Hardly anything is more powerful than one’s personal story of God’s work in them.


  3. I would love it if the Judds came led worship at our church! Another song called Love is the only house big enough for all the pain in the world by Martina Mcbride is very similar.

  4. The atmosphere doesn’t have to change all that much. I mean, if the preacher tells how God made a difference in his as part of the sermon, it’s a great, moving sermon. And I’ve heard some powerful ones.

    If the guy leading communion does the same, it’s a great meditation.

    If someone stands up to tell about God in his life at some other time, well, that’s sin. If a woman does, it’s apostasy.

    So just have the man giving testimony do so as part of the communion meditation.

    Or in response to the invitation —

    The first testimony I heard at my church was a long time ago. A young man was injured in a car wreck while passing through town. He spent many weeks in the local hospital, and the church pitched in and visited him and helped his family through the ordeal. Months later, after he’d recovered from his serious injuries, he came forward at the end of the sermon and asked to speak to the church. Who could say no?

    He not only thanked the church for its help, he told how God had worked through his injury and through members of the church to turn his life around and strengthen his faith despite his misfortune. It was dramatic beyond words. Men and women were in tears. And since then, testimony has not been controversial for us.

    We still don’t do it enough, but when we do, God moves powerfully among us.

  5. Martina in concert, singing Love’s the Only House —


  6. I get emails (and this is a good one) —


    Just finished your post on testifying. Because many of your correspondents seem so much more learned than I, I write you in email rather than in your comments section. You always have my permission to use anything of value which I write in any way you deem helpful.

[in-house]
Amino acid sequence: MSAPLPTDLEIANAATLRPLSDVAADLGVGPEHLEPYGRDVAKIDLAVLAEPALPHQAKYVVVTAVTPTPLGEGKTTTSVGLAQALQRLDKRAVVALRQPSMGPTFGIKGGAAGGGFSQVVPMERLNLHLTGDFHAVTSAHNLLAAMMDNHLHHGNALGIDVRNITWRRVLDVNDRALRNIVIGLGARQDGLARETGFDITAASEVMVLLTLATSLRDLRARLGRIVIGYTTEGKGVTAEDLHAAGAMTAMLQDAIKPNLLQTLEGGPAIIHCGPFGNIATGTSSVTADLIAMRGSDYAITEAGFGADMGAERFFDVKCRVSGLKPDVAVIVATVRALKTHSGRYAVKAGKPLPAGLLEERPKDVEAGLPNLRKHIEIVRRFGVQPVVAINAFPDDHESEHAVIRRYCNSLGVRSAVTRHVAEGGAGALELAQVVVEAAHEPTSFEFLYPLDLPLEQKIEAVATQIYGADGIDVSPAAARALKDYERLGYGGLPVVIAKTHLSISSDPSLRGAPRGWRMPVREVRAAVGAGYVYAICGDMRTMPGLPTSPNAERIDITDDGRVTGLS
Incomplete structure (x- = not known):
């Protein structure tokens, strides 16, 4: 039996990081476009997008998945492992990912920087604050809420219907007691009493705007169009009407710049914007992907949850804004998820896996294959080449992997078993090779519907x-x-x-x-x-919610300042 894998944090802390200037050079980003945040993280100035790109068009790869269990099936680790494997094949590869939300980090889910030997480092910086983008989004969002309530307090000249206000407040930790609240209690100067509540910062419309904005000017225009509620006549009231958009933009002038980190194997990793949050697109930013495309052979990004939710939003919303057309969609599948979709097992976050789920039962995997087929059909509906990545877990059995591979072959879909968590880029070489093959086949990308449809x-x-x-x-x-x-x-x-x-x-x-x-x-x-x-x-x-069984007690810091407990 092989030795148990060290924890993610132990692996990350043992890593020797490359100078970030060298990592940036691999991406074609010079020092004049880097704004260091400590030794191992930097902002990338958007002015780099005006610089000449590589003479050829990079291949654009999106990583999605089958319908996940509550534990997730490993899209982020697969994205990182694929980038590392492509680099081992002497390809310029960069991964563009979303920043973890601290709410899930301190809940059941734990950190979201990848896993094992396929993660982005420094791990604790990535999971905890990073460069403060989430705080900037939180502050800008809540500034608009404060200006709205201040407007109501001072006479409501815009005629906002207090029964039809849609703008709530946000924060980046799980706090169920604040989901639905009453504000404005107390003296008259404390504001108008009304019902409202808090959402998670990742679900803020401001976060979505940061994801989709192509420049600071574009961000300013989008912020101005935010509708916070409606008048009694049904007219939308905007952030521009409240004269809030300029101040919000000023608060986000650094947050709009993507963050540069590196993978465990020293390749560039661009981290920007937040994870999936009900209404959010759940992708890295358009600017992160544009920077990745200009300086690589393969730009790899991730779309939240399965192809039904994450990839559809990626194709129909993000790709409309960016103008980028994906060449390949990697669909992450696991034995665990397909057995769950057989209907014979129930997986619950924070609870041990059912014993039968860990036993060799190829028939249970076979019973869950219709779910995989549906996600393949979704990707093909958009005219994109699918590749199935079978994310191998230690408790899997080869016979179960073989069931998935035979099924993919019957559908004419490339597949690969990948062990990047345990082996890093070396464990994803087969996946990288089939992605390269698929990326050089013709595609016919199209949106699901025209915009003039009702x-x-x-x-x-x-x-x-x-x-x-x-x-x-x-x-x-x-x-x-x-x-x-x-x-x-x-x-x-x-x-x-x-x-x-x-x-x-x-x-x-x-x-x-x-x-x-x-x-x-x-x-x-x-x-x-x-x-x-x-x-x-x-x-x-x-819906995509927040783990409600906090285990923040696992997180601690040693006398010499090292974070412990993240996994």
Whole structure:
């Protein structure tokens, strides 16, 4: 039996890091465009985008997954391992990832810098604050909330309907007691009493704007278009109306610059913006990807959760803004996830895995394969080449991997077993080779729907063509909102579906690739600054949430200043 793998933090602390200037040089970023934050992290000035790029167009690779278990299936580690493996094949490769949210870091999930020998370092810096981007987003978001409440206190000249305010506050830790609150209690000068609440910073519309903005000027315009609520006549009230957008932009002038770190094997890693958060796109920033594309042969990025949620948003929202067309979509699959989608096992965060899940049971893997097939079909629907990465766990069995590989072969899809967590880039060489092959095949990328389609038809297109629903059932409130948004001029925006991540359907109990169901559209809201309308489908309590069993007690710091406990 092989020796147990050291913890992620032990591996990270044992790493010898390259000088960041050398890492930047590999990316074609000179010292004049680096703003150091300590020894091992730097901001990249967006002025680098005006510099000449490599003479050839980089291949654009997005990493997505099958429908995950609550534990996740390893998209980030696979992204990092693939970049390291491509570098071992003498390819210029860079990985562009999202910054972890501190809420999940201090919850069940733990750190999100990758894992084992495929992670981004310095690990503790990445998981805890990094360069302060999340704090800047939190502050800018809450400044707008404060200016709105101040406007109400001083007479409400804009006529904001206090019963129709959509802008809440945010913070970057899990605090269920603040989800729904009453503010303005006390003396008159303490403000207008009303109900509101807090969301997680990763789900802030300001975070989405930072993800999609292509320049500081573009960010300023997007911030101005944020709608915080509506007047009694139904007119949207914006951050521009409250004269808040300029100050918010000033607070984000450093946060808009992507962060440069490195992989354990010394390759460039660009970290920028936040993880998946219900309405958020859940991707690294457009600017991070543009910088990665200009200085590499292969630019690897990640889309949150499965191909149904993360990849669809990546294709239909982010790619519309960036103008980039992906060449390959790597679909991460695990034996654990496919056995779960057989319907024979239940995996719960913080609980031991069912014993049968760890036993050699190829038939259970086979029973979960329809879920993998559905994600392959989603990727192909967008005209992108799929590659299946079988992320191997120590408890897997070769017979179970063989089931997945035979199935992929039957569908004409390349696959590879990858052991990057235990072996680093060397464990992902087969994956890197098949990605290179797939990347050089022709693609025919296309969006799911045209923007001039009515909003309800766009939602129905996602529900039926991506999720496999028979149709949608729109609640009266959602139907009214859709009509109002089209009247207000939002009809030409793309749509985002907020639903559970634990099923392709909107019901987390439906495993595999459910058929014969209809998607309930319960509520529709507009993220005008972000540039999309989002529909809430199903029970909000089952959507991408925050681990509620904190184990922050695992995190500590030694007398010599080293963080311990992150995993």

You really pushed a button with the testifying topic. I read somewhere that it was a shame that the devil had stolen that word from us and given it to the Baptists. How sad that so many of us believe this!

    Once my eyes were opened to the fact that God really lived in me in the form of His Spirit, I began to look for, and to see so clearly, evidence of His exquisite presence in more ways than I could have dreamed possible. (Hence my love for Ephesians 3:20.)

    Perhaps it was He who gave me the idea to open the Sisters’ class each week with the question, “How has God worked in your life this week?” It took a while, but gradually the Sisters and I began to recognize things that were happening for which there appeared to be no other explanation than Divine attention.

    There are no words to convey to you the excitement of that time of discovery among we women. (And a lovely side effect is that, once one has discovered that marvelous working, there is no going back to one’s former perspective.)

    I could speak for literally hours on the blessings of that discovery. God became more real and personal to us than we could have imagined. Being by nature (and nurture) an exceptionally positive-thinking person, I have become aware of an extraordinary number of God’s fingerprints on my life.

    One of the Sisters has asked me more than once why things always happen to me. The only answer I can come up with is that I continually look for blessings, and God knows I will recognize them ~ and tell everybody! And He does not disappoint.

    Could anything be more exciting than witnessing the Power of Creation working personally in your life? That thought is never far from my mind. I have witnessed the transforming power of the Holy Spirit up close and personal ~ in myself and many others!

    It is my firm conviction that, as faithful believers, we should feel compelled within ourselves to tell the stories of His work in our lives. My personal list of reasons for this is as follows: It is scriptural.

    How many times did God urge the Israelites and others to tell of what He had done for them? How many times do you think Paul gave testimony to what had happened to him? Also, when I hear myself tell of His working in my life, it reminds me ~ and strengthens my faith with each telling.

    And when you hear my stories (for that is what they are) and you know me to be truthful, your faith is strengthened and you will believe that He will work in your life as well. And in the telling, we deflect attention from ourselves and our own pitiful efforts ~ and glorify the One to whom the honor is due.

    It grieves me deeply that the leadership in my own church does not have the same view. I have actually heard a couple of the elders deride the very use of the word “testify”.

    I will spare you the rest of my sermon on the subject. Suffice it to say, I am glad you addressed the topic and will pray that your words will touch open minds and hearts ~ or open them as the need may be.


    PS — I enjoyed the music you included!

  7. I just edited the main post to add a link to this marvelous a cappella version of “Testify” from the Quail Springs congregation: